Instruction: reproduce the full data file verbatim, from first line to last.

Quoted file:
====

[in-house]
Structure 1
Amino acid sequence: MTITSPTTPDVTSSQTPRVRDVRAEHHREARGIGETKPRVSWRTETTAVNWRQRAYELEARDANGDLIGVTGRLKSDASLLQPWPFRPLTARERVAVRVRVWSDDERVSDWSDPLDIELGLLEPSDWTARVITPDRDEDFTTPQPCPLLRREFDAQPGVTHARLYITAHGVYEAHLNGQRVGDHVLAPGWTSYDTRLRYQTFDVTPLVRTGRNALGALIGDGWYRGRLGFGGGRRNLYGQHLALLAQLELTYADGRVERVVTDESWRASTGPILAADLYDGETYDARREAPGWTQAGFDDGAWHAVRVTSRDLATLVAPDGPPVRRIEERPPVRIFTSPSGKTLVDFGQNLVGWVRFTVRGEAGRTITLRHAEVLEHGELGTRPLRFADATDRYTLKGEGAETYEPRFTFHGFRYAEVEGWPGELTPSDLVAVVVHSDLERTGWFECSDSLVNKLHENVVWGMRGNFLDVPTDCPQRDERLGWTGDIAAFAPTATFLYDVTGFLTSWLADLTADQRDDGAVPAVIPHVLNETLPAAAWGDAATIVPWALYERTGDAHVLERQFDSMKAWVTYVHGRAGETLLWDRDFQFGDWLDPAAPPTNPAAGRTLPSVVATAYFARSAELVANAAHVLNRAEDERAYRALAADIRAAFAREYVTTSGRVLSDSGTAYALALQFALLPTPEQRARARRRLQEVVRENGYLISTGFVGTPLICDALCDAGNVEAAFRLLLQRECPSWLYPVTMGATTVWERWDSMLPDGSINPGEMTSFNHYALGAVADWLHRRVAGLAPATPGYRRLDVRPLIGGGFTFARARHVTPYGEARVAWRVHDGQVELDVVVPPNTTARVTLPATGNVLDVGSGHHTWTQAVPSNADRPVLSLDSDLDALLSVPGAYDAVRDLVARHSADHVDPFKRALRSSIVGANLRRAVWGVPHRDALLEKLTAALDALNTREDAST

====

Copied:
[in-house]
Structure 1
Amino acid sequence: MTITSPTTPDVTSSQTPRVRDVRAEHHREARGIGETKPRVSWRTETTAVNWRQRAYELEARDANGDLIGVTGRLKSDASLLQPWPFRPLTARERVAVRVRVWSDDERVSDWSDPLDIELGLLEPSDWTARVITPDRDEDFTTPQPCPLLRREFDAQPGVTHARLYITAHGVYEAHLNGQRVGDHVLAPGWTSYDTRLRYQTFDVTPLVRTGRNALGALIGDGWYRGRLGFGGGRRNLYGQHLALLAQLELTYADGRVERVVTDESWRASTGPILAADLYDGETYDARREAPGWTQAGFDDGAWHAVRVTSRDLATLVAPDGPPVRRIEERPPVRIFTSPSGKTLVDFGQNLVGWVRFTVRGEAGRTITLRHAEVLEHGELGTRPLRFADATDRYTLKGEGAETYEPRFTFHGFRYAEVEGWPGELTPSDLVAVVVHSDLERTGWFECSDSLVNKLHENVVWGMRGNFLDVPTDCPQRDERLGWTGDIAAFAPTATFLYDVTGFLTSWLADLTADQRDDGAVPAVIPHVLNETLPAAAWGDAATIVPWALYERTGDAHVLERQFDSMKAWVTYVHGRAGETLLWDRDFQFGDWLDPAAPPTNPAAGRTLPSVVATAYFARSAELVANAAHVLNRAEDERAYRALAADIRAAFAREYVTTSGRVLSDSGTAYALALQFALLPTPEQRARARRRLQEVVRENGYLISTGFVGTPLICDALCDAGNVEAAFRLLLQRECPSWLYPVTMGATTVWERWDSMLPDGSINPGEMTSFNHYALGAVADWLHRRVAGLAPATPGYRRLDVRPLIGGGFTFARARHVTPYGEARVAWRVHDGQVELDVVVPPNTTARVTLPATGNVLDVGSGHHTWTQAVPSNADRPVLSLDSDLDALLSVPGAYDAVRDLVARHSADHVDPFKRALRSSIVGANLRRAVWGVPHRDALLEKLTAALDALNTREDAST